Which Way Home
Which Way Home has had a long gestation during which Katie Beckett has picked up some writing awards. We can see why with this show. With Jane Bodie as dramaturg and Rachael Maza as director, Which Way Home mixes broad comedy with the most touching emotions – and a heartbreaking backstory. The way the characters transform, revealing more and more of themselves up to the final moments is handled beautifully, with smooth transitions into and out of the past. This is not a show of high drama emotions; apart from a few flashes of exasperation or anger, it is a quiet study of two characters that draws you into them and makes you care.
Tash (Katie Beckett) is driving her elderly Dad (Tony Briggs) ‘home’ – back to where he was born, to where he was married, to where Tash was born – back to country. Really, it’s Tash’s country too, but she worries whether anyone will remember her. She’s grown up with her single, widower dad in a big town, gone to school, got a job. A lovely subtext irony here is that these two indigenous people are going back to country, something immensely important and meaningful, particularly for Dad, but their initial talk is all mainstream Australia: they’re both die-hard fans of the Brisbane Broncos, they know the same pop music, Dad never misses Home & Away, Tash had to get time off work and she’s pretty anal about healthy diet.
The play is akin to a road movie, but Dad and Tash don’t meet anyone along the way: it’s all about them, the landscape and the past. Initially Tash comes across as the complete control freak: she has lists of everything, including of what to eat when, GPS on her smart phone and ETA at points along the way. (Later, Dad asks does her phone know everything? ‘Yes,’ she says, ‘it’s a smart phone!’) But Katie Beckett takes her own creation, Tash, from anxious, bossy girl to bewildered, anxious child to understanding grown-up - and back again - gradually opening up by subtle increments to her Dad as more than her Dad - a human being who had his burdens and his reasons.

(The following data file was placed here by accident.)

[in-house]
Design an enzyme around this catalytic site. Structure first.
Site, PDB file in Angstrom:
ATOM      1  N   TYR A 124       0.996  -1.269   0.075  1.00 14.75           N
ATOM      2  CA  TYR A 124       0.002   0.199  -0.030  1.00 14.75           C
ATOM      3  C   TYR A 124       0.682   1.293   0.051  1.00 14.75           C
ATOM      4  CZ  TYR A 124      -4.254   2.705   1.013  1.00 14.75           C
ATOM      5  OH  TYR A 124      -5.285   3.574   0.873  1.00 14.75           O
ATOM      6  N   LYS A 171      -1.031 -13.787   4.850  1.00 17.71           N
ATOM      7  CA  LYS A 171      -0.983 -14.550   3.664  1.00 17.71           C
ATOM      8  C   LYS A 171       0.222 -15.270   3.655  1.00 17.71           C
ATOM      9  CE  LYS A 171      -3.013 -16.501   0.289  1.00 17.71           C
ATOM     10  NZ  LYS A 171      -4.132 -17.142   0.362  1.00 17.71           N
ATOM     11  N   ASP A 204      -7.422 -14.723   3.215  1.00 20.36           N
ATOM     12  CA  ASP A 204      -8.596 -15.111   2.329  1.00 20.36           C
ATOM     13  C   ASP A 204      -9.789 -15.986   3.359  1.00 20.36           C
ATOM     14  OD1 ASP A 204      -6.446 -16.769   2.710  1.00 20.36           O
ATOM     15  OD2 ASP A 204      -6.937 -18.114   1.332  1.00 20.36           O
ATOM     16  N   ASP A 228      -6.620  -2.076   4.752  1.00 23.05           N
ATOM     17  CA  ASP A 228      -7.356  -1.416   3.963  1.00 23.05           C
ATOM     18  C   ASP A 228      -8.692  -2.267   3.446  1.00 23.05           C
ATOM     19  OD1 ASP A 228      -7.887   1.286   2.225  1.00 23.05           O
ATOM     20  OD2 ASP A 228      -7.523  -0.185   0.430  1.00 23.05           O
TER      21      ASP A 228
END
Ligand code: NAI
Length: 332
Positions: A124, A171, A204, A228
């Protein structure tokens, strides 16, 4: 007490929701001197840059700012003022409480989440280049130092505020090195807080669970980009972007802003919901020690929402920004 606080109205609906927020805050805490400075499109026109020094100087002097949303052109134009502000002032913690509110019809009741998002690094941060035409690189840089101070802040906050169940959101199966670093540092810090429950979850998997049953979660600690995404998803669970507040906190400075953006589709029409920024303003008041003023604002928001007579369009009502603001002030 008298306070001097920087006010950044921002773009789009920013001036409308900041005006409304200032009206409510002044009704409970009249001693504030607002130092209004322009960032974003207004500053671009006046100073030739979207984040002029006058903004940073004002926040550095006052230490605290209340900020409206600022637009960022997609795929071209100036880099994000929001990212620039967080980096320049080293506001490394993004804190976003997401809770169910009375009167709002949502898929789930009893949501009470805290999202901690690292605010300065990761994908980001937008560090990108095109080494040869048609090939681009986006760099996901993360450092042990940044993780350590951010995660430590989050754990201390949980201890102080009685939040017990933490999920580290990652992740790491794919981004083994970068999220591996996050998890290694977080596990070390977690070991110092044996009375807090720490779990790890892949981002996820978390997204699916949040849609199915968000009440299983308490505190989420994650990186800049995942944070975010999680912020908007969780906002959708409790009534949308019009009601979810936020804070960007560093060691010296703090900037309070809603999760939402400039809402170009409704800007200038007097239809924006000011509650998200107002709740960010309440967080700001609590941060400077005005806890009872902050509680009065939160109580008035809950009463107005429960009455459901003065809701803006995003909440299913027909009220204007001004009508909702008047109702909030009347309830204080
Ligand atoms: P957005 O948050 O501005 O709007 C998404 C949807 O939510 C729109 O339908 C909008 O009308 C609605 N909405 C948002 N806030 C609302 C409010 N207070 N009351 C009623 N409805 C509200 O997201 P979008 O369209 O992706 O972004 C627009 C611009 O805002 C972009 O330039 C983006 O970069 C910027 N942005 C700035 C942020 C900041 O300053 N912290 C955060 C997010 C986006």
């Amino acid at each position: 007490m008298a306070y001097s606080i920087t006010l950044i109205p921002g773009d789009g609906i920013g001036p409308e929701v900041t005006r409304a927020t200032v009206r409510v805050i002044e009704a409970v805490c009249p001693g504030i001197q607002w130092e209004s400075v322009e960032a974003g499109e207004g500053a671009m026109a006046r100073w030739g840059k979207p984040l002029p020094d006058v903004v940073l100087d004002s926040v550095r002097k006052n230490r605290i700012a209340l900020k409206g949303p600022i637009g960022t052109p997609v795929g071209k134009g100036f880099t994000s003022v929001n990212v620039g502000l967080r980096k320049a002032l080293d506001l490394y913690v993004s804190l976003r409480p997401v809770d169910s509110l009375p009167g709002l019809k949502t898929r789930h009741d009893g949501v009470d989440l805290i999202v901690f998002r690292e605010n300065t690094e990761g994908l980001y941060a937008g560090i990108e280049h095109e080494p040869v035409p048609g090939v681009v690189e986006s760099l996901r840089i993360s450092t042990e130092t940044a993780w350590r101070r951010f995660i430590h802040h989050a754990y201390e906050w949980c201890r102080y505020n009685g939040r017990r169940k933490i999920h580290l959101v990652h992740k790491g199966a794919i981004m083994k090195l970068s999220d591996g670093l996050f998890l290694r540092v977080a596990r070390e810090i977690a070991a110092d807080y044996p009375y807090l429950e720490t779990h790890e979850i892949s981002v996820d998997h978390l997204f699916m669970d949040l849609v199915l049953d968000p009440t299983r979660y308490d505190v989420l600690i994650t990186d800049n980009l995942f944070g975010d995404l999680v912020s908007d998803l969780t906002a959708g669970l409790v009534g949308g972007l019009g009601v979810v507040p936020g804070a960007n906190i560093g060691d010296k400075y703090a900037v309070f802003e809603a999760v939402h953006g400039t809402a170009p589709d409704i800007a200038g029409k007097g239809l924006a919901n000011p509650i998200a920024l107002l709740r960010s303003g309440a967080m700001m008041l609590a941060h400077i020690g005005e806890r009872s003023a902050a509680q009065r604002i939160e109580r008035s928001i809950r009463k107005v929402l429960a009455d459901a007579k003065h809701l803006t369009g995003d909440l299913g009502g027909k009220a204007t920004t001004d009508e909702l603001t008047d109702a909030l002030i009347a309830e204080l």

By contrast, at the start Dad is so relaxed he’s driving Tash crazy, almost childlike in his joie de vivre. Tony Briggs yet again proves his acting chops here – although he’s so full of life it takes a while to grasp that Dad is old. Mr Briggs’ ‘Dad’ acquires gravitas as the journey proceeds. Several times he tells Tash, ‘We’re a team.’ (Once she snaps back, ‘The Broncos are a team; I’m your daughter!’) He gave up so much for her, but he knows he’s losing the little girl she was. She knows she’ll lose him. As they drive – and bicker and stop from time to time – Dad responds with huge smiles to the vast landscape (it’s neither ‘empty’ nor even flat to him) and Tash remembers moments from her growing up with her loving and mostly responsible Dad. Springing him in the TAB, his over-protective panics, the embarrassment of her first period and, most poignant of all, her widowed, still grieving Dad dancing with empty arms to ‘I Don’t Know Why I Love You Like I Do’.
Rachael Maza doesn’t muck around with a mock-up car with a steering wheel. There’re some boxes and luggage. Tash is driving and Dad is pointing things out – trees, birds, a hill - singing along to his CDs, munching sweets or snoozing. We buy that. Sometimes they stop. The journey is suggestively rendered, first, with sound – the car running on the bitumen or on dirt, the desert stillness, birdsong growing louder as Tash and Dad get closer to country. Another fine job from Mark Coles Smith, assisted by Stephen O’Hara. Nick Pajanti’s lighting design is also first class: urban light to desert light, fierce sunlight to eerie twilight and dark night. Set designer Emily Barry provides at least two superbly evocative touches. One is a thin stream of sand, falling from above and lit in such a way as to suggest ‘country’ and the ashes of the dead. The other is a backdrop on which we see a road map of outback Queensland that fades in the north to nothing but hazy light – it is the past and the future than can’t be mapped.
Which Way Home pulls together and holds far more than its simple, humorous surface might suggest. In the context of a certain recent cartoon suggesting that Aboriginal fathers don’t even know their kids’ names, this play dramatises another take on that cruel caricature generalisation and at the same time reminds us with its last dark reveal of a darker past.
Photographer: Steven Rhall